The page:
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Study Overview

Long Term Impact of the Juntos Conditional Cash Transfer Program on Cognitive and Anthropometric Outcomes Among a Cohort of Peruvian Children
Study is 3ie funded:
Study ID:
Initial Registration Date:
Last Update Date:
Study Status:
Change History for Status
Changed On Previous Value
07/15/2022 Ongoing

This paper investigates the impact of participation in the Juntos conditional cash transfer (CCT) program in Peru on child anthropometric and cognitive outcomes. It specifically intends to identify causal pathways that may have helped to facilitate improvements in height-for-age (HAZ) and body mass index-for-age (BAZ) z-scores (see: Andersen et al. 2015) using longitudinal data from the Young Lives cohort study. This study will investigate causal pathways behind those results by using propensity score matching and a triple difference approach to determine whether improvements in anthropometric outcomes may have been driven by the presence of local health clinics that offer nutritional checkups and child health assessments. This study further investigates the longer-term impacts of the program (and modification effects) into data collected in 2014 (4 years after endline data used in Andersen 2015). We hypothesize that the program impacts were modified by a) the availability of (and/or distance to) health facilities and b) the availability of specialty services including pediatrics and nutrition counseling

Registration Citation:

Cameroon, D. and Andersen, C., 2016. Long Term Impact of the Juntos Conditional Cash Transfer Program on Cognitive and Anthropometric Outcomes Among a Cohort of Peruvian Children. Registry for International Development for Impact Evaluations (RIDIE). Available at: 10.23846/ridie094

Health, Nutrition, and Population
Additional Keywords:
conditional cash transfer, health facilities, child anthropometrics, cognition, growth,
Secondary ID Number(s):

Principal Investigator(s)

Name of First PI:
Drew Cameron
UC Berkeley
Name of Second PI:
Chris Andersen
Harvard University

Study Sponsor

Bill & Melinda Gates Foundation; Eunice Kennedy Shriver National Institute of Child Health and Development; Grand Challenges Canada; UK Aid; Netherlands Ministry of Foreign Affairs
Study Sponsor Location:
United Kingdom

Research Partner

Name of Partner Institution:
UC Berkeley
Type of Organization:
Research institute/University
United States

Intervention Overview


The Juntos CCT is an ongoing conditional cash transfer program enacted by the Peruvian government. The program delivers monthly cash transfers of S./ 100 (soles, approx. $30 USD) to eligible families (those below a certain poverty threshold, with at least one child of eligible age (under 14 years), or a pregnant mother). Receipt of the monetary transfer is contingent upon 3 sets of conditions: (1) [For children under 5] Attend regular health and nutrition check-ups (for periodic monitoring of height and weight, complete series of vaccinations, iron and Vitamin A supplements and anti-parasite checks); (2) [For children 6-14] School attendance at least 85% of the school year; (3) [For pregnant and breast-feeding mothers] Attend prenatal and post-natal checks (tetanus vaccination, folic acid and iron supplements and anti-parasite checks). Objectives include: (a) short run reductions in poverty (b) long run reduction in intergenerational poverty through improved access to education and health. For more details see Perova and Vakis (2009).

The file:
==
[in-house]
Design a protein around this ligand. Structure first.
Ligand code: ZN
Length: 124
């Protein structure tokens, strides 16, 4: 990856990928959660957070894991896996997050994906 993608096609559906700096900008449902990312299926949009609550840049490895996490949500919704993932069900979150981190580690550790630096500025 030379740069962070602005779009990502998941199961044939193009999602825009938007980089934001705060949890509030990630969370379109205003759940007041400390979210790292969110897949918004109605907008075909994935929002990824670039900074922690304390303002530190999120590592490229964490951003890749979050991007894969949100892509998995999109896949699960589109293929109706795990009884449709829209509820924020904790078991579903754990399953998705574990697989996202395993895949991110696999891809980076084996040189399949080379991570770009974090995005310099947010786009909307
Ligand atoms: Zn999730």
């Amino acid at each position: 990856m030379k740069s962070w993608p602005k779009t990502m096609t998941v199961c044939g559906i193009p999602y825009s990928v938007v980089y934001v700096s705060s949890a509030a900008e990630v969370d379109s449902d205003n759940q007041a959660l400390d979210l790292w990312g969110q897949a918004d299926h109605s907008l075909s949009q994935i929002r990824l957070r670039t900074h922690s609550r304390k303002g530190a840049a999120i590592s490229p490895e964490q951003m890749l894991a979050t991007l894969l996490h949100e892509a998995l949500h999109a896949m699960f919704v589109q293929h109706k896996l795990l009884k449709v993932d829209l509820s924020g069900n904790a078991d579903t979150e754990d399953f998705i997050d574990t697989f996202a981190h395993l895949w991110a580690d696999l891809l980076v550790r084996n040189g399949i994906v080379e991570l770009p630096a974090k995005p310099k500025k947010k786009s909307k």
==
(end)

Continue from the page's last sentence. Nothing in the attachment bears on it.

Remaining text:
Private Intervention Details:
Theory of Change:

This evaluation focused on the role of cash transfers, and the intermediary role of proximity to physical infrastructure, as drivers of anthropomorphic change among program recipients. 

Multiple Treatment Arms Evaluated?

Implementing Agency

Name of Organization:
Government of Peru: Presidential Council of Ministers
Type of Organization:
Public Sector, e.g. Government Agency or Ministry

Program Funder

Name of Organization:
Government of Peru
Type of Organization:
Public Sector, e.g. Government Agency or Ministry

Intervention Timing

Intervention or Program Started at time of Registration?
Start Date:
End Date:
Evaluation Method

Evaluation Method Overview

Primary (or First) Evaluation Method:
Other (not Listed) Method:
Additional Evaluation Method (If Any):
Difference in difference/fixed effects
Change History for Additional Evaluation Method (If Any)
Changed On Previous Value
07/15/2022 Other (specify)
Other (not Listed) Method:
Change History for Other Method
Changed On Previous Value
07/15/2022 Difference-in-difference-in-differences (triple-difference estimation)

Method Details

Details of Evaluation Approach:

Following the initial design of Andersen and others, this study will use propensity score matching and double difference estimation to investigate the causal impact of participation in the Juntos conditional cash transfer program on child anthropometric and cognitive outcomes. The analysis will then employ a triple-difference (DDD) estimation to examine the moderating effects (effect modification using interaction terms) of the availability of health facility infrastructure and services. For the DDD estimation, we are interested in estimating how the Juntos program affects child growth differently for children living in communities with and without a health facility. Ideally, we would observe the same child with and without Juntos and with and without a health facility in their communities. Our estimates will measure the difference in the HAZ and TVIP (Peabody Picture Vocabulary Test) scores from 2002-14 for Juntos recipients relative to children that did not receive Juntos (our double-difference (DD) estimate). We then take the difference in our DD estimates for children with and without a health facility, which constitutes our target parameter: the DDD.